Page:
Resources for Students
This is a clearing house for resources that may be useful to students pursuing South Asia Studies. It includes information about the South Asia Center, as well as campus wide resources useful for academics, health, careers, and more.
South Asia Center
UW’s academic support page includes information on tutoring, the Writing Center, and more. You can schedule a meeting with an adviser at the Jackson School here. The Language Learning Center provides resources for students learning second languages, and English Language Programs are available for international students wanting to improve their English.
UW provides disability resources including academic coaching, career development, housing accommodation and more.
UW provides many diversity resources. The Office of Minority Affairs has an extensive set of programs, services, and informational resources for academic and other support. The Women’s Center provides academic and other services, information on scholarships, and research and reporting. The Q Center is a resource on gender and sexuality. It hosts a Gender Discussion Group, runs a queer mentoring program, and much more.
Health and Well-being
The Hall Health Center located near the HUB is an outpatient medical clinic for students, staff, faculty, and alumni. At Hall Health you can see a nurse on short notice, meet with general practitioners and specialists, get advice and medications for international travel, and pick up your prescriptions.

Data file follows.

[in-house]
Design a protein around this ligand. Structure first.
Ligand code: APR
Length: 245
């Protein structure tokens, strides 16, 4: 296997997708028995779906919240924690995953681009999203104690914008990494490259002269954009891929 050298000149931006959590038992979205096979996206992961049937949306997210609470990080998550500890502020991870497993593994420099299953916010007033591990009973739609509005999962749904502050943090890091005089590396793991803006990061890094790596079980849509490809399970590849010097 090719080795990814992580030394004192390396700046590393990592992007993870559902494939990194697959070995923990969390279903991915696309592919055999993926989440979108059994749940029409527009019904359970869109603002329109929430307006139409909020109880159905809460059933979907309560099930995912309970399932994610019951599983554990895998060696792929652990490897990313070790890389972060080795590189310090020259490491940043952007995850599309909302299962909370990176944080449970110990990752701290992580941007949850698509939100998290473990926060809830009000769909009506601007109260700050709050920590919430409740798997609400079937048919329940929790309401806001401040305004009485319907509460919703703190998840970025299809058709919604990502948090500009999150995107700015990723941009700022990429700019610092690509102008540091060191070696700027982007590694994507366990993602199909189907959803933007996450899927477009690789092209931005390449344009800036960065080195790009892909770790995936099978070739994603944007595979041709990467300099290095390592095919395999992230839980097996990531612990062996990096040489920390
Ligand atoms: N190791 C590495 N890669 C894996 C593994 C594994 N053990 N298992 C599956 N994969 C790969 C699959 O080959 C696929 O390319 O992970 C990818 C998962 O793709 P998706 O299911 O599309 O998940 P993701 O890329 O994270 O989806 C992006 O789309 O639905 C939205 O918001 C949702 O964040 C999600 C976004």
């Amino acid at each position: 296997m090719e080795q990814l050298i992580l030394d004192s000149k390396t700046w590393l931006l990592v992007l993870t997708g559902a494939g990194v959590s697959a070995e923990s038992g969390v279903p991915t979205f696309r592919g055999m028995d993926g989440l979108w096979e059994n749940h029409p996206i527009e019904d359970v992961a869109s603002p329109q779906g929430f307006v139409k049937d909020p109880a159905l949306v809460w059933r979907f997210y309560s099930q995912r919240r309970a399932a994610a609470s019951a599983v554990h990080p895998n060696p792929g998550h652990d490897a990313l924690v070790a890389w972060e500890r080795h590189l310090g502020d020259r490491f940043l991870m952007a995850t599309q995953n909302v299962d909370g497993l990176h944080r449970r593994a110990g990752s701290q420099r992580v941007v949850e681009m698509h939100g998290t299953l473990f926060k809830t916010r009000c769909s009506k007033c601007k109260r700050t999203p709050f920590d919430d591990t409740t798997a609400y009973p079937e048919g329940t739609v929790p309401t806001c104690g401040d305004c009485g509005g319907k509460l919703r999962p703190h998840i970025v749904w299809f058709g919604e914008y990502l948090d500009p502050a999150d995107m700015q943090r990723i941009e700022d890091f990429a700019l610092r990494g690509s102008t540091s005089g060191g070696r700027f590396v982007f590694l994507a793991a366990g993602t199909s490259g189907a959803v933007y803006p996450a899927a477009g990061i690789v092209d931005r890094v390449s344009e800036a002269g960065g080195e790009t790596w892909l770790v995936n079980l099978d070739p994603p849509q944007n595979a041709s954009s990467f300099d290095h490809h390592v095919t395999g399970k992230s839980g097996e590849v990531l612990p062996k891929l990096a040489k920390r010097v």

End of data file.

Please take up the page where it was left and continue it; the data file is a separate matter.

Hall Health offers Mental Health services, including no-cost same day counseling. UW offers other wellness programs and services related to mental health, sexual violence, suicide prevention, and drug and alcohol abuse.
The Husky Union Building (The HUB)
The HUB is where many students, staff, and faculty eat lunch, but it has much more. There’s a bowling alley, gaming rooms, a bike shop where students can use tools and learn to repair their bikes. The HUB is also the location of many events large and small.
The IMA, location north of Husky Stadium includes a gym, climbing wall, soccer fields, tennis courts and much more. The IMA offers less common activities as well, such as archery on Friday nights. Through the IMA’s Waterfront Activities Center students can rent equipment such as kayaks and canoes.
From cultural to scientific organizations, there are Registered Student Organizations (RSOs) for just about everything. Joining or starting an RSO is a great way explore interests, find research collaborators, and gain experience organizing events and fundraising. Browse the RSO Directory to find one that interests you. RSO members get access to the Student Organization Resource Center (SORC) in the HUB, which has computers and printers for designing promotional materials, tables and chairs for fundraising and outdoor events, and more.
Students wishing to bring change to the university and gain experience in government and politics should consider joining student government. The Associated Students of the University of Washington (ASUW) is the primary student government body for undergraduates; for graduate students there is the Graduate and Professional School Senate.
Your Husky student ID also doubles as an Orca Card, allowing access to King County Metro bus and light rail service for free. Students should download the OneBusAway app on their phones. Created by UW graduates, OneBusAway provides live information on bus arrival times at all stops in Seattle.
Interested in exploring trails in the Snoqualmie Valley region? King County Metro recently started a Trailhead Direct pilot service – a bus service from select locations in Seattle to trailheads at Mt. Si, the Issaquah Alps, and Mailbox Peak.
UW’s Services For Students page
UW’s Student Life page